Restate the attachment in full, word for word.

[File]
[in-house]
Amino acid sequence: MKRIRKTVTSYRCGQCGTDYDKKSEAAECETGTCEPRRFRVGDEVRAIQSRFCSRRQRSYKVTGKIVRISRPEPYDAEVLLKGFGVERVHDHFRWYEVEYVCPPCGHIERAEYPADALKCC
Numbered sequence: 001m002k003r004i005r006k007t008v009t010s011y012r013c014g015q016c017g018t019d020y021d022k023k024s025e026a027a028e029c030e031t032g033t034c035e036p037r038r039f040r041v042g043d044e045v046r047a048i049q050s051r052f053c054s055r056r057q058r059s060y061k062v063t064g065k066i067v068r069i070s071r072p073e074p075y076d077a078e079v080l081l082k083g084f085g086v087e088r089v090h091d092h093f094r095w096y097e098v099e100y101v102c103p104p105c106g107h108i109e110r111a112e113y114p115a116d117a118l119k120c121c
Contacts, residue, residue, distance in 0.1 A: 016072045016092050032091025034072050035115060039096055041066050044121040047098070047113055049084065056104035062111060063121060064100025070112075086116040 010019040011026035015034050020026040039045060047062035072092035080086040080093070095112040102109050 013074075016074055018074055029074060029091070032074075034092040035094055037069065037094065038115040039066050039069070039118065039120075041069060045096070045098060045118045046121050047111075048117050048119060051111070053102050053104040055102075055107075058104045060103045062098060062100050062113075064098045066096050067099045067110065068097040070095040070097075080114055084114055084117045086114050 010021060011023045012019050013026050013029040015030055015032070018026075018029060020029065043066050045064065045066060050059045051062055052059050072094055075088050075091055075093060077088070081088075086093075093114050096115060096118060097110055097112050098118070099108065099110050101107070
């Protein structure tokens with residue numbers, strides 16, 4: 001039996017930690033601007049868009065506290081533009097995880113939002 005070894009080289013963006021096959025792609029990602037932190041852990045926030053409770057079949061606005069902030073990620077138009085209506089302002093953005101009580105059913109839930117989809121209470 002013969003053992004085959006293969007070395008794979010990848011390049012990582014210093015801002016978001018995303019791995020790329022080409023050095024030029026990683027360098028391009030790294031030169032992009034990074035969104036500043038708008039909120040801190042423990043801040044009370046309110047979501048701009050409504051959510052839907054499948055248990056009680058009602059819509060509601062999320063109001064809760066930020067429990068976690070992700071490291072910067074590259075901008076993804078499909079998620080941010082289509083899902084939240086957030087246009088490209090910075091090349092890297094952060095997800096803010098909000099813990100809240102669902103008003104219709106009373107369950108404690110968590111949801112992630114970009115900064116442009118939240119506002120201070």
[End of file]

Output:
[in-house]
Amino acid sequence: MKRIRKTVTSYRCGQCGTDYDKKSEAAECETGTCEPRRFRVGDEVRAIQSRFCSRRQRSYKVTGKIVRISRPEPYDAEVLLKGFGVERVHDHFRWYEVEYVCPPCGHIERAEYPADALKCC
Numbered sequence: 001m002k003r004i005r006k007t008v009t010s011y012r013c014g015q016c017g018t019d020y021d022k023k024s025e026a027a028e029c030e031t032g033t034c035e036p037r038r039f040r041v042g043d044e045v046r047a048i049q050s051r052f053c054s055r056r057q058r059s060y061k062v063t064g065k066i067v068r069i070s071r072p073e074p075y076d077a078e079v080l081l082k083g084f085g086v087e088r089v090h091d092h093f094r095w096y097e098v099e100y101v102c103p104p105c106g107h108i109e110r111a112e113y114p115a116d117a118l119k120c121c
Contacts, residue, residue, distance in 0.1 A: 016072045016092050032091025034072050035115060039096055041066050044121040047098070047113055049084065056104035062111060063121060064100025070112075086116040 010019040011026035015034050020026040039045060047062035072092035080086040080093070095112040102109050 013074075016074055018074055029074060029091070032074075034092040035094055037069065037094065038115040039066050039069070039118065039120075041069060045096070045098060045118045046121050047111075048117050048119060051111070053102050053104040055102075055107075058104045060103045062098060062100050062113075064098045066096050067099045067110065068097040070095040070097075080114055084114055084117045086114050 010021060011023045012019050013026050013029040015030055015032070018026075018029060020029065043066050045064065045066060050059045051062055052059050072094055075088050075091055075093060077088070081088075086093075093114050096115060096118060097110055097112050098118070099108065099110050101107070
């Protein structure tokens with residue numbers, strides 16, 4: 001039996017930690033601007049868009065506290081533009097995880113939002 005070894009080289013963006021096959025792609029990602037932190041852990045926030053409770057079949061606005069902030073990620077138009085209506089302002093953005101009580105059913109839930117989809121209470 002013969003053992004085959006293969007070395008794979010990848011390049012990582014210093015801002016978001018995303019791995020790329022080409023050095024030029026990683027360098028391009030790294031030169032992009034990074035969104036500043038708008039909120040801190042423990043801040044009370046309110047979501048701009050409504051959510052839907054499948055248990056009680058009602059819509060509601062999320063109001064809760066930020067429990068976690070992700071490291072910067074590259075901008076993804078499909079998620080941010082289509083899902084939240086957030087246009088490209090910075091090349092890297094952060095997800096803010098909000099813990100809240102669902103008003104219709106009373107369950108404690110968590111949801112992630114970009115900064116442009118939240119506002120201070």